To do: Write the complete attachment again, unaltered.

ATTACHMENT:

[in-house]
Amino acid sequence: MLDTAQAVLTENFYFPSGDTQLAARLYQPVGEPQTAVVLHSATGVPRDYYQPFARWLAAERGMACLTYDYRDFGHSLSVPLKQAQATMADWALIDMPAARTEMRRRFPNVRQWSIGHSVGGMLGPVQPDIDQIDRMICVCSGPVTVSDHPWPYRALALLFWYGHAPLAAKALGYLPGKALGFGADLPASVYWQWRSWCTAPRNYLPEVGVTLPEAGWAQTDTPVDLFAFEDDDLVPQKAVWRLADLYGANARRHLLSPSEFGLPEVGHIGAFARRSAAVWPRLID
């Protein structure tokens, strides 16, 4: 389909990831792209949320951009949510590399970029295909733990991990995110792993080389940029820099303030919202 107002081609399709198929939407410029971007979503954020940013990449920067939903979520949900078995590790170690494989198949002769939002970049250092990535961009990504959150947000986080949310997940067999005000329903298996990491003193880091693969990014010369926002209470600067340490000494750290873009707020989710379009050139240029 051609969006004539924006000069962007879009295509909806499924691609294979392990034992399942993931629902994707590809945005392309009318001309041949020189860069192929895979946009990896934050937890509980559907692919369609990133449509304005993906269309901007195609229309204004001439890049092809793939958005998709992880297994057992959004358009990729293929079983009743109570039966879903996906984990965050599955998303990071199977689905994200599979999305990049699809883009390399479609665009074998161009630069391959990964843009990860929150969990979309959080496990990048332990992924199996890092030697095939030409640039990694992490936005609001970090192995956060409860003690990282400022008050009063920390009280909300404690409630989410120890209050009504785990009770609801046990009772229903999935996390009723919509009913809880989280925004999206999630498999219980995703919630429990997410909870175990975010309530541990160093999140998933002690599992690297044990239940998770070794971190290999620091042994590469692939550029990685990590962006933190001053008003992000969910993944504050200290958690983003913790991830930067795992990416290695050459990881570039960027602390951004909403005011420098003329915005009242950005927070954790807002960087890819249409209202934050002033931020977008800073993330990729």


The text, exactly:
[in-house]
Amino acid sequence: MLDTAQAVLTENFYFPSGDTQLAARLYQPVGEPQTAVVLHSATGVPRDYYQPFARWLAAERGMACLTYDYRDFGHSLSVPLKQAQATMADWALIDMPAARTEMRRRFPNVRQWSIGHSVGGMLGPVQPDIDQIDRMICVCSGPVTVSDHPWPYRALALLFWYGHAPLAAKALGYLPGKALGFGADLPASVYWQWRSWCTAPRNYLPEVGVTLPEAGWAQTDTPVDLFAFEDDDLVPQKAVWRLADLYGANARRHLLSPSEFGLPEVGHIGAFARRSAAVWPRLID
């Protein structure tokens, strides 16, 4: 389909990831792209949320951009949510590399970029295909733990991990995110792993080389940029820099303030919202 107002081609399709198929939407410029971007979503954020940013990449920067939903979520949900078995590790170690494989198949002769939002970049250092990535961009990504959150947000986080949310997940067999005000329903298996990491003193880091693969990014010369926002209470600067340490000494750290873009707020989710379009050139240029 051609969006004539924006000069962007879009295509909806499924691609294979392990034992399942993931629902994707590809945005392309009318001309041949020189860069192929895979946009990896934050937890509980559907692919369609990133449509304005993906269309901007195609229309204004001439890049092809793939958005998709992880297994057992959004358009990729293929079983009743109570039966879903996906984990965050599955998303990071199977689905994200599979999305990049699809883009390399479609665009074998161009630069391959990964843009990860929150969990979309959080496990990048332990992924199996890092030697095939030409640039990694992490936005609001970090192995956060409860003690990282400022008050009063920390009280909300404690409630989410120890209050009504785990009770609801046990009772229903999935996390009723919509009913809880989280925004999206999630498999219980995703919630429990997410909870175990975010309530541990160093999140998933002690599992690297044990239940998770070794971190290999620091042994590469692939550029990685990590962006933190001053008003992000969910993944504050200290958690983003913790991830930067795992990416290695050459990881570039960027602390951004909403005011420098003329915005009242950005927070954790807002960087890819249409209202934050002033931020977008800073993330990729």